Local government leadership for sanitation and hygiene

In many contexts, responsibility for delivering sanitation and hygiene improvements sits with local governments (also occasionally referred to as sub-national governments). Local government leadership is recognised as key to ensuring sustainability and scale and it is an important component of the emerging use of systems strengthening approaches in the sanitation and hygiene sector.

With this in mind, we have been convening local government officials and development agencies to cross-analyse examples of local government leadership for sanitation and hygiene, drawing out lessons and challenges. Our overarching objectives for this work are:

  • To understand the enablers, and barriers to local government taking on leadership or prioritising sanitation more highly.
  • To raise awareness of the topic as an area of work and something that deserves attention.

Initially we conducted research in East and West Africa, holding virtual regional participatory workshops and developing case studies to understand the enablers and barriers to local government taking on leadership or prioritising sanitation more highly. We have since shared this work at conferences and other events to generate momentum and start conversations on the topic with the wider sector. PowerPoints from the West Africa case studies are available on request ([email protected]).

Our emerging findings from East and West Africa include:

  • Building and maintaining political will was a common challenge, particularly at times of political transition but: positive examples of securing public, written commitments to sanitation and passing by-laws enshrining plans were identified.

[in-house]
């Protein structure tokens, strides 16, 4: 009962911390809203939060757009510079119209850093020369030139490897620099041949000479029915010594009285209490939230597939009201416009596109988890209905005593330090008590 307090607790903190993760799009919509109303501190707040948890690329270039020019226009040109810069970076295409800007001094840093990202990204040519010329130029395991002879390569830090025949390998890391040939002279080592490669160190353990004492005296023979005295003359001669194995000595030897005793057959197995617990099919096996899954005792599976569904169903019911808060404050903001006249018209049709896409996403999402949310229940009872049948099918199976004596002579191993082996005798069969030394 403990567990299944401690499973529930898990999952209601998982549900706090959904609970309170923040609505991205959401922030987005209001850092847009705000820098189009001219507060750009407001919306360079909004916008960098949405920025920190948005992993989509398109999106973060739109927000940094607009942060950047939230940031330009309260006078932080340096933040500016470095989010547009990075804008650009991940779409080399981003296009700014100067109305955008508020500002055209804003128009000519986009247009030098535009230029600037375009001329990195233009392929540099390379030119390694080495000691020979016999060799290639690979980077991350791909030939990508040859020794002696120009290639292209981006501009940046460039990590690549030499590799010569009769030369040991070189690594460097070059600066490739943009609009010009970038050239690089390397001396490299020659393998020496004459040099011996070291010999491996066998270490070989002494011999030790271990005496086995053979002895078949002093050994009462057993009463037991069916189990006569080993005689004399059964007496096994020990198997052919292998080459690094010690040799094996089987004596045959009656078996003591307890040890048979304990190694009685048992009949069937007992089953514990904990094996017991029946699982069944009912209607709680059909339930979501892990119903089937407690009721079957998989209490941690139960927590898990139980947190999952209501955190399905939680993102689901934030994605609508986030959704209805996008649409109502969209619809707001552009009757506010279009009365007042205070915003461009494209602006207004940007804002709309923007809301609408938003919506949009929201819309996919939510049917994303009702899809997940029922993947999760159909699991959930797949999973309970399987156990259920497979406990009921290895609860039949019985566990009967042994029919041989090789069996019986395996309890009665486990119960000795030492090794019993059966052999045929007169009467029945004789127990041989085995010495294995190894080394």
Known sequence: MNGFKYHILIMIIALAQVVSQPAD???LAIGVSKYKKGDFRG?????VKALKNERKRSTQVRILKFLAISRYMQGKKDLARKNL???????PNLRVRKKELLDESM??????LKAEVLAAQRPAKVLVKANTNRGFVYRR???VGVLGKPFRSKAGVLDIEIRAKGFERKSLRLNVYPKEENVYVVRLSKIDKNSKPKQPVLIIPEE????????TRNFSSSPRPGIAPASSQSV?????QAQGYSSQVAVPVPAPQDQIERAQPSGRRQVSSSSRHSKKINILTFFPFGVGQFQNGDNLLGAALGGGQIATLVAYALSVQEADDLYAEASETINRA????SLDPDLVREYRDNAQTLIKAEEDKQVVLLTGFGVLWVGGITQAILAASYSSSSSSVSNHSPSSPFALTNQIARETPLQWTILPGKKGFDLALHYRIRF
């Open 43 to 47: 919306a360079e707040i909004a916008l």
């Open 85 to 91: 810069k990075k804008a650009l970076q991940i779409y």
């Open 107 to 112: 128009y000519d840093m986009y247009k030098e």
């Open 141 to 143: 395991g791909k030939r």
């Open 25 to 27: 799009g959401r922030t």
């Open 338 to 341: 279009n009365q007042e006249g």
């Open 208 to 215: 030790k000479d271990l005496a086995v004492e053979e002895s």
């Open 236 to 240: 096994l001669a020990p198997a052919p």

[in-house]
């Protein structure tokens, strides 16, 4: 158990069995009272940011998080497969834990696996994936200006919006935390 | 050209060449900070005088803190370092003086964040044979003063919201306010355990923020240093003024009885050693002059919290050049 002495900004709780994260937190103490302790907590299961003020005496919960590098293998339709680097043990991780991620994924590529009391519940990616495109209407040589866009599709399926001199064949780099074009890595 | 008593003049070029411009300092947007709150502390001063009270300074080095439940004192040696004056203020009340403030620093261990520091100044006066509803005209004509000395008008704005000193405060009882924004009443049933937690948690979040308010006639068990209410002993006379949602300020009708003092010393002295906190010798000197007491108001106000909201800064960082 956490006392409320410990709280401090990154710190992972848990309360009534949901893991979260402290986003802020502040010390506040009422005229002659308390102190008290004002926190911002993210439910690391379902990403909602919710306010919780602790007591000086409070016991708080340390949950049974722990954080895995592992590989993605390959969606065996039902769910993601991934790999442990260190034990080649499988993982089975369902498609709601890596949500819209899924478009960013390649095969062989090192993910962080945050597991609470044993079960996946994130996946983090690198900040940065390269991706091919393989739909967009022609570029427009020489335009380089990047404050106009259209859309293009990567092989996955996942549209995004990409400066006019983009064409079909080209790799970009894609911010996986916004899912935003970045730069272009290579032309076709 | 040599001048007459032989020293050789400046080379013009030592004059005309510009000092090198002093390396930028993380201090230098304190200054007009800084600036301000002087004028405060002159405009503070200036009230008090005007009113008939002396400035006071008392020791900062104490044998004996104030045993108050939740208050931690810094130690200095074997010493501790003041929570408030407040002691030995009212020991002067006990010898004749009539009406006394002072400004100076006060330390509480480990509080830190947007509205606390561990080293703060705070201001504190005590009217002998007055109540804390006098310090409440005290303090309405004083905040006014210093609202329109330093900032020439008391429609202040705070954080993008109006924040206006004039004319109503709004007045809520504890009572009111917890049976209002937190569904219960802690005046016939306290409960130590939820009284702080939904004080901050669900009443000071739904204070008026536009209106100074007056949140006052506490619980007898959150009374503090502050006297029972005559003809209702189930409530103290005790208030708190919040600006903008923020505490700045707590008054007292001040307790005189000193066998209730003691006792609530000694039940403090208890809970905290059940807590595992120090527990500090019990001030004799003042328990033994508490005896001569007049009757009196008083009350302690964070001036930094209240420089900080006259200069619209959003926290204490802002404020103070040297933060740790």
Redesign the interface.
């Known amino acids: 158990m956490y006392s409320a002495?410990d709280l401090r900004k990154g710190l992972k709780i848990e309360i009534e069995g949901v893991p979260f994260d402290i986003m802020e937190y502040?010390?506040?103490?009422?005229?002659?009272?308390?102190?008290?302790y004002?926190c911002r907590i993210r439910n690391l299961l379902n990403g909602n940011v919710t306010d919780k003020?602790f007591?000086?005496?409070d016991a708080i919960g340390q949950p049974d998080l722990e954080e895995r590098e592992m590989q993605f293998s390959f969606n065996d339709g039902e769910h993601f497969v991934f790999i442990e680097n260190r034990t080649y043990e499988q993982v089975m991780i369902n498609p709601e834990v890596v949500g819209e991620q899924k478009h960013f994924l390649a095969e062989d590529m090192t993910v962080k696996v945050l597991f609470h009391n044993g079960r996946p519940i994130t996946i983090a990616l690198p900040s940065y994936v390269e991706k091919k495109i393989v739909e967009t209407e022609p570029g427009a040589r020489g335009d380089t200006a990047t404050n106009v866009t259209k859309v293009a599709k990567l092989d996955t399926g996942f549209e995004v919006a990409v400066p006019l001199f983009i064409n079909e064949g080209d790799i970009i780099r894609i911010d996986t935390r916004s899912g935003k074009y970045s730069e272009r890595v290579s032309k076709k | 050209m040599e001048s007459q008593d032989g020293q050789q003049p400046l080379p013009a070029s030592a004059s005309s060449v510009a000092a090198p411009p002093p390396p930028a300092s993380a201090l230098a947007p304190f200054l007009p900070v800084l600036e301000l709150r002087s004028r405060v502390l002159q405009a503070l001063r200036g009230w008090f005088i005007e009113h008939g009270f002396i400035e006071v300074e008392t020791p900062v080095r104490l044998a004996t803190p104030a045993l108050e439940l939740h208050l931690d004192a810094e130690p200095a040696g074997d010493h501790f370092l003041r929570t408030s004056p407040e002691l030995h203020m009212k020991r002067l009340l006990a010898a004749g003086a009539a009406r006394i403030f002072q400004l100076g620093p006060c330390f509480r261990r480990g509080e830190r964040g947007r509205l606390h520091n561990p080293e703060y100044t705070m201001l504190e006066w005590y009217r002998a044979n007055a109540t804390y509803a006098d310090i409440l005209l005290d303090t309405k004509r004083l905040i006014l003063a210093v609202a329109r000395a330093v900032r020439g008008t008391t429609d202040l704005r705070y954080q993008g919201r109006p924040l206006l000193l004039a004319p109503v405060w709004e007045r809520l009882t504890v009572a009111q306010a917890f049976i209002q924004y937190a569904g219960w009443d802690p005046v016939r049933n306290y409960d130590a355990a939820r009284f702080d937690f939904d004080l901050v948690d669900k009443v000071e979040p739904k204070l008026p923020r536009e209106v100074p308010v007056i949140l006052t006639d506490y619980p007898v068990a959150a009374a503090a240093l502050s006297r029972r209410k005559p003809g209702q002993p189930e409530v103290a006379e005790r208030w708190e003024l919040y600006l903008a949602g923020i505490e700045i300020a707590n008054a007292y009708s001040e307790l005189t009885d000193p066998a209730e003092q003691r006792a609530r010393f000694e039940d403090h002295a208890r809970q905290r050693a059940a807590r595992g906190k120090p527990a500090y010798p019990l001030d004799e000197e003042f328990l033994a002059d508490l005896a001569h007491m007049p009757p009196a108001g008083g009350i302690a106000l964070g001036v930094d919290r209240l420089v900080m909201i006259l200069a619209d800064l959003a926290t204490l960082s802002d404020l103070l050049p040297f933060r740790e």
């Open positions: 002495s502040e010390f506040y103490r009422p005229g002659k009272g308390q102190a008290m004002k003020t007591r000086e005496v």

• Monitoring, reporting and using data strategically was important for securing and maintaining sub-national leadership and prioritisation of sanitation in both rounds. Monitoring data was used to trigger discussions and foster political will, to inform programme design, and to advocate for resources.
  • Resourcing sanitation was a challenge at sub-national level but there were examples of developing policies to increase the range of budgets sanitation funding could be drawn from which helped increase resourcing.
  • Beyond aiming for community-wide outcomes, ways to ensure sub-national government reaches everyone with improved sanitation were identified as a vital but significant gap across all countries.

Watch partners present findings from Kenya, Nigeria, Ghana and Mali

Partners:

East Africa:

  • Siaya County, Kenya – with UNICEF
  • Nyamagabe District, Rwanda – with WaterAid
  • Moyo District, Uganda – with WSSCC (now called the Sanitation and Hygiene Fund)

West Africa:

  • N’Dali commune, Benin – with Helvetas
  • Yendi municipal, Ghana – with UNICEF
  • Logo Local Government Authority, Nigeria – with United Purpose
  • Molota and Daramagnaki communes, Guinea – with UNICEF
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